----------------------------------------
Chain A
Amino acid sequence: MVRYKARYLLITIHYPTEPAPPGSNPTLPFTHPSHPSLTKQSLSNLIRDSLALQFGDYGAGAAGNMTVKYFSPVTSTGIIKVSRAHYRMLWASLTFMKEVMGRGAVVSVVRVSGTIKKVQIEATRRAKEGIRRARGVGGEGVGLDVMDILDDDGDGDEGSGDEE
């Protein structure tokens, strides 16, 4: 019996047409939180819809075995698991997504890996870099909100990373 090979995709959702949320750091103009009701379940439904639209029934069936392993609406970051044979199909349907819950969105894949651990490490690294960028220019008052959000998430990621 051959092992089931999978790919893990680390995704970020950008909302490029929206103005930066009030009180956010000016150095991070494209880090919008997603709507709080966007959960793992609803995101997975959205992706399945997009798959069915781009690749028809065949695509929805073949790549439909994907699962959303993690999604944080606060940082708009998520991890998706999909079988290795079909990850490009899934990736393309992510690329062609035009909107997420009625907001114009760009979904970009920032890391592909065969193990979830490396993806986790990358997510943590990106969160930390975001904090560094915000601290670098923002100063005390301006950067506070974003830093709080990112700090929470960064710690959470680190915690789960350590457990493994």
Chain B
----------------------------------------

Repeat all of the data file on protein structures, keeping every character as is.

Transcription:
Chain A
Amino acid sequence: MVRYKARYLLITIHYPTEPAPPGSNPTLPFTHPSHPSLTKQSLSNLIRDSLALQFGDYGAGAAGNMTVKYFSPVTSTGIIKVSRAHYRMLWASLTFMKEVMGRGAVVSVVRVSGTIKKVQIEATRRAKEGIRRARGVGGEGVGLDVMDILDDDGDGDEGSGDEE
């Protein structure tokens, strides 16, 4: 019996047409939180819809075995698991997504890996870099909100990373 090979995709959702949320750091103009009701379940439904639209029934069936392993609406970051044979199909349907819950969105894949651990490490690294960028220019008052959000998430990621 051959092992089931999978790919893990680390995704970020950008909302490029929206103005930066009030009180956010000016150095991070494209880090919008997603709507709080966007959960793992609803995101997975959205992706399945997009798959069915781009690749028809065949695509929805073949790549439909994907699962959303993690999604944080606060940082708009998520991890998706999909079988290795079909990850490009899934990736393309992510690329062609035009909107997420009625907001114009760009979904970009920032890391592909065969193990979830490396993806986790990358997510943590990106969160930390975001904090560094915000601290670098923002100063005390301006950067506070974003830093709080990112700090929470960064710690959470680190915690789960350590457990493994």
Chain B